For the vegetarians, the much-maligned nut roast is an option for sure (check out Felicity Cloake’s Guardian article, How to cook the perfect nut roast) but there are definitely better options out there. While a mushroom wellington or similar vegetables-in-pastry are a delicious treat, making one from scratch can be difficult and ultimately risky (pastry may fail, vegetables may release too much steam or stay undercooked). A simple alternative is a roast gourd like a lovely stuffed and roasted butternut squash. Easy to do with minimal prep, a drizzle of olive oil and some seasoning along with a healthy topping of quinoa, pine nuts, and peppers may be all you need to make a beautiful rainbow-coloured main.


The only acceptable form of starch for this dinner is potato. And a good roast potato is important to master for any other roast dinners you may want to make going forward. The potato choice is important as you want something nice and starchy to crisp in the oven. You’ll see all sorts of potato varieties mentioned online but faced with a Sainsbury’s Local, you’re not likely to be faced with an overwhelming amount of choice. For your purposes, anything that isn’t a new potato or salad potato will serve you well. Just remember to give the potatoes a good shake in a colander after parboiling to give you the rough edges for browning in the oven.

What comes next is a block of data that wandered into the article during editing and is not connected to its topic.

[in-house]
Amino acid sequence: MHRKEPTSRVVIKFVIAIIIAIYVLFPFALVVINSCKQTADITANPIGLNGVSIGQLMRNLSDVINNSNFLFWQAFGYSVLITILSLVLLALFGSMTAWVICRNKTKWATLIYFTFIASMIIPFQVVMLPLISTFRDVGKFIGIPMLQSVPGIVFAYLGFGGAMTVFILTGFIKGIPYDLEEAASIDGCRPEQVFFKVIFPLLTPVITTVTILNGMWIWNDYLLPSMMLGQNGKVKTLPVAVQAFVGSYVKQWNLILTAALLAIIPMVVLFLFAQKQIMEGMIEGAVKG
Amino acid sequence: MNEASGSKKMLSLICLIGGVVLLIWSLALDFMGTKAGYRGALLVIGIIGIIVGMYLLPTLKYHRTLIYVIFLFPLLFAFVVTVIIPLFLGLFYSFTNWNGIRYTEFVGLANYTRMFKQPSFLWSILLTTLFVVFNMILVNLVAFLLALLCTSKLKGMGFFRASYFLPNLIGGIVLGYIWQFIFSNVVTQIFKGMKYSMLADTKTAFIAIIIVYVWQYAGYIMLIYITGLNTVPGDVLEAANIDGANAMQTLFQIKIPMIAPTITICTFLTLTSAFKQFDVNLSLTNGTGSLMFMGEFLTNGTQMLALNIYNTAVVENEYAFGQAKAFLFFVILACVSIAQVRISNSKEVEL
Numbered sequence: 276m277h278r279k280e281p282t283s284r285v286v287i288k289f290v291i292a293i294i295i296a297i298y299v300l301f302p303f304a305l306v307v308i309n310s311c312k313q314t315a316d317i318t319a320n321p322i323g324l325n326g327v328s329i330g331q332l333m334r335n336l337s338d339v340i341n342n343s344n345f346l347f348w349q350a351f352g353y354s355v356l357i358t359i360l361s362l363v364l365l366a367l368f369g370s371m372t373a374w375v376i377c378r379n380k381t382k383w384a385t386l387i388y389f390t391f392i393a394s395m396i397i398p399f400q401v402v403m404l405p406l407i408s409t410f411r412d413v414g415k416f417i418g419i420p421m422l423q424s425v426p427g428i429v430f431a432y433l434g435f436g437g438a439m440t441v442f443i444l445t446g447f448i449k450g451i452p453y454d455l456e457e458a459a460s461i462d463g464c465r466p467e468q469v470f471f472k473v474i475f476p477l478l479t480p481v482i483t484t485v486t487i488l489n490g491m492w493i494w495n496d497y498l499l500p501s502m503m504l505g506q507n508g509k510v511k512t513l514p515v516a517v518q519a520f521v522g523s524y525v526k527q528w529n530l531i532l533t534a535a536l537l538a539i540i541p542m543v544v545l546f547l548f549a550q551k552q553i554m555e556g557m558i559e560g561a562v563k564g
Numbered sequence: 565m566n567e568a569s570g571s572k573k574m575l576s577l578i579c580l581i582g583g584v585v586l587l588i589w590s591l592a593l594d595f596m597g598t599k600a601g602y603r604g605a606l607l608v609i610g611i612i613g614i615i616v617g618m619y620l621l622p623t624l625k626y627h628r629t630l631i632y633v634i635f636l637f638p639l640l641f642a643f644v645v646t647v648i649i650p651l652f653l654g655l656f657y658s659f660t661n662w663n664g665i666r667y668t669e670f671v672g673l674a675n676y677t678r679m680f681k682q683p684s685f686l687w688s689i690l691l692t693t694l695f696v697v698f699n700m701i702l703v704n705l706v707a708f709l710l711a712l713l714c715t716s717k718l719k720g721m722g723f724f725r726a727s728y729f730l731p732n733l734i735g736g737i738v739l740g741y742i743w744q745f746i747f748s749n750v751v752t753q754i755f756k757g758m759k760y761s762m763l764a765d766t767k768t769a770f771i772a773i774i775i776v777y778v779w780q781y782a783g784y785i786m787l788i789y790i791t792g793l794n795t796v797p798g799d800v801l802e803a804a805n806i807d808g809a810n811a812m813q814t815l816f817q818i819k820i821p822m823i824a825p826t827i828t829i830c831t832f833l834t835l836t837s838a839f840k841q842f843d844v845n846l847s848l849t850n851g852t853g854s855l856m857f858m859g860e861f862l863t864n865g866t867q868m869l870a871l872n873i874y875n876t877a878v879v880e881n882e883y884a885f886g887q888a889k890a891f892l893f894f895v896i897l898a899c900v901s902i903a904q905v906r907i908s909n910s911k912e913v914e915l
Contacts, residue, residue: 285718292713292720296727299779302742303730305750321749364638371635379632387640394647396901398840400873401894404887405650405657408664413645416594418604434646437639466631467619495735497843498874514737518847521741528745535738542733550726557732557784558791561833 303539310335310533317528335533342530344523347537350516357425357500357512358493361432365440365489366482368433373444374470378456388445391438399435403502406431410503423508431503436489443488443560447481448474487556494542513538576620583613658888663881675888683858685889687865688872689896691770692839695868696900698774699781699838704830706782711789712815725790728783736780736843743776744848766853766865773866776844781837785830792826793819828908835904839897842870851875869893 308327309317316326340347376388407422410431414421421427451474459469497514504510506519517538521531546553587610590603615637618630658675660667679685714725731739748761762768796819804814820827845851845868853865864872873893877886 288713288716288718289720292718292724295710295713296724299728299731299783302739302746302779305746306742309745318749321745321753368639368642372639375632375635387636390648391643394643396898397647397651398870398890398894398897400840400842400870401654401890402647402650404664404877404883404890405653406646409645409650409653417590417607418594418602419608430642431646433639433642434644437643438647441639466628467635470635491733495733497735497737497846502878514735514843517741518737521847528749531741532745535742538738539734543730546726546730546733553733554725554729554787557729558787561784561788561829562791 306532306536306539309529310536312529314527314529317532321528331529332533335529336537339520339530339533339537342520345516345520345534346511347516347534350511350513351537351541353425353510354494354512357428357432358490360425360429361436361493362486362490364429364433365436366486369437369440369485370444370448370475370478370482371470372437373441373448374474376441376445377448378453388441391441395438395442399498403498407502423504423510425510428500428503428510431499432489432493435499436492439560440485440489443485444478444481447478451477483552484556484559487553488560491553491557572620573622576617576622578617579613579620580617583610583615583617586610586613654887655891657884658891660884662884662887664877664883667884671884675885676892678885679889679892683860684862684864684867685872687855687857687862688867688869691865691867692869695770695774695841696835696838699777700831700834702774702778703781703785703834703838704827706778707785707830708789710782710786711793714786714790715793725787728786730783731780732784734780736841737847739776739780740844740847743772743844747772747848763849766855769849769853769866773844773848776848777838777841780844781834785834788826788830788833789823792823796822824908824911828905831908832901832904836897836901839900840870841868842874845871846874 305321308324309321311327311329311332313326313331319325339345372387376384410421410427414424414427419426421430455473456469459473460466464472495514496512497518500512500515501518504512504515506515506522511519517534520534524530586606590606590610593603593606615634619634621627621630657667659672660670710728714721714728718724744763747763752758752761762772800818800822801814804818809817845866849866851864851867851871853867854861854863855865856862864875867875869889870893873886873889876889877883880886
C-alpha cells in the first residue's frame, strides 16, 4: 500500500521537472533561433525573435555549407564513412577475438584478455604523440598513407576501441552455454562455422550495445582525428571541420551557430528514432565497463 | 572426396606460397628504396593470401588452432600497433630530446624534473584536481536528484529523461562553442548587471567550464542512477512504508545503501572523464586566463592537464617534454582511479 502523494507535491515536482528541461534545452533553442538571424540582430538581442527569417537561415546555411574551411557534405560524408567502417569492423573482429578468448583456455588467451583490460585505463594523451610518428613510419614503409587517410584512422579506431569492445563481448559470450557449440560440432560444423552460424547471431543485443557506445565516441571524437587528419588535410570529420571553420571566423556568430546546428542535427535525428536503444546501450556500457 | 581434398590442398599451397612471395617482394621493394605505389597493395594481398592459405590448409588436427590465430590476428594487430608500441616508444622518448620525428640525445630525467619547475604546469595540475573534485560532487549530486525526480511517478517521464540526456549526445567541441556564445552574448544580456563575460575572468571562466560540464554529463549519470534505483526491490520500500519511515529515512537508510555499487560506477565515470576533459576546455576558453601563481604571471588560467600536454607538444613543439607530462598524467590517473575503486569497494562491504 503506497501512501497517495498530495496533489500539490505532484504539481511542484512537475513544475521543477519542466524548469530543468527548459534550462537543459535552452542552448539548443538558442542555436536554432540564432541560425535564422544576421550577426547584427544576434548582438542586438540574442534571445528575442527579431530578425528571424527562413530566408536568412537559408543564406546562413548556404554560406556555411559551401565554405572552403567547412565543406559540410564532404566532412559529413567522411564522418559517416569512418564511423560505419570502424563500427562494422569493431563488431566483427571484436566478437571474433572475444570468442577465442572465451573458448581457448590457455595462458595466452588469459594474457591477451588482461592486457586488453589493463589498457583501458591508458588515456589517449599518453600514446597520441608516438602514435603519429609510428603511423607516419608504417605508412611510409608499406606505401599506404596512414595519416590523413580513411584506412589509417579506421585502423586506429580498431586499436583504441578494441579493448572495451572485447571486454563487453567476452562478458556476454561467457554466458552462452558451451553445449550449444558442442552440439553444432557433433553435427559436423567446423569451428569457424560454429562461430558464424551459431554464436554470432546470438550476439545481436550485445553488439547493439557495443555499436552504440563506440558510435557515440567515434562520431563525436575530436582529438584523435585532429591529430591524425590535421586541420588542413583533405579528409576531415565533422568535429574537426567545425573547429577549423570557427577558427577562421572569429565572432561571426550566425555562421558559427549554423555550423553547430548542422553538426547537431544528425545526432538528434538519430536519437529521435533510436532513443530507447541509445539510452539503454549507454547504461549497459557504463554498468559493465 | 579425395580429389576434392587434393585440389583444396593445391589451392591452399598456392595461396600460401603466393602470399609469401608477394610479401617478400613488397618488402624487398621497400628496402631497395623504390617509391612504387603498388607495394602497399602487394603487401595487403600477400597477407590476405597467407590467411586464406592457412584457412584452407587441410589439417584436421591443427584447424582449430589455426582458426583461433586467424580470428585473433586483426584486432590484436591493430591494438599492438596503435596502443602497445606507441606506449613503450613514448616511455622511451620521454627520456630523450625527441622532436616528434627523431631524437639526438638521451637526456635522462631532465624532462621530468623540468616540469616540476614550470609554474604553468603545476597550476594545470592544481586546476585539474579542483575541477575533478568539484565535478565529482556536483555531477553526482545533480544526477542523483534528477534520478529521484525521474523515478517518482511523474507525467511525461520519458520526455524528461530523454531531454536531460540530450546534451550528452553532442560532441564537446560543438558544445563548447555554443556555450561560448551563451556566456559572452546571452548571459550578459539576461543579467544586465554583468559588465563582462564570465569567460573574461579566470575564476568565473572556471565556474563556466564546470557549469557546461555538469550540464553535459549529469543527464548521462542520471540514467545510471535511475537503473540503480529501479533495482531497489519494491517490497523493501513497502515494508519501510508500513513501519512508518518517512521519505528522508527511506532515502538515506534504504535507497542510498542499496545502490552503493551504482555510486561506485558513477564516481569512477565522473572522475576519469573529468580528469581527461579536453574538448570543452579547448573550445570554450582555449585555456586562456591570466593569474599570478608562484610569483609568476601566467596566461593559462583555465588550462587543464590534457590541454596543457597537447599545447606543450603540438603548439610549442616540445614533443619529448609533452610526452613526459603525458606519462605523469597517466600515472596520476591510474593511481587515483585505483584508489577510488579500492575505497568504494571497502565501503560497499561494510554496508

Mashed potato is also a good choice, especially with limited oven space. You can play around with textures by adjusting the amount of milk or cream you add. Just remember to salt liberally and use an excess of butter. Top with some parsley to add some colour to the dish.


Brussel sprouts get a lot of hate but that’s only because it’s usually cooked poorly. A well-cooked side of brussel sprouts is a thing of wonder. I like to render some bacon lardons (or pancetta if you’re fancy) and then throw in my brussel sprout halves, letting them fry without disturbing them so they can develop a delicious char. Seasoned with fennel seeds and a pinch of paprika, these brussel sprouts will really change your world for the better.

Carrots and parsnips are also pretty traditional and I like to cut them into sticks and roast them with a honey glaze. Peeling a mountain of carrots and parsnips with friends can prove surprisingly fun if you have the right festive atmosphere going. Treat yourself to some carrots by dipping them in hummus for a snack because preparing all this food will definitely make you peckish but you don’t want to fill up before dinner.


What takes a good Christmas dinner to a great Christmas dinner is the variety and quality of sides. While it may impress your guests to make everything from scratch, we feel that this is where you can slack off and seek help from the supermarket overlords. Pick up a packet of pigs in blankets or paxo stuffing - honestly, it tastes fine and is just so easy to make.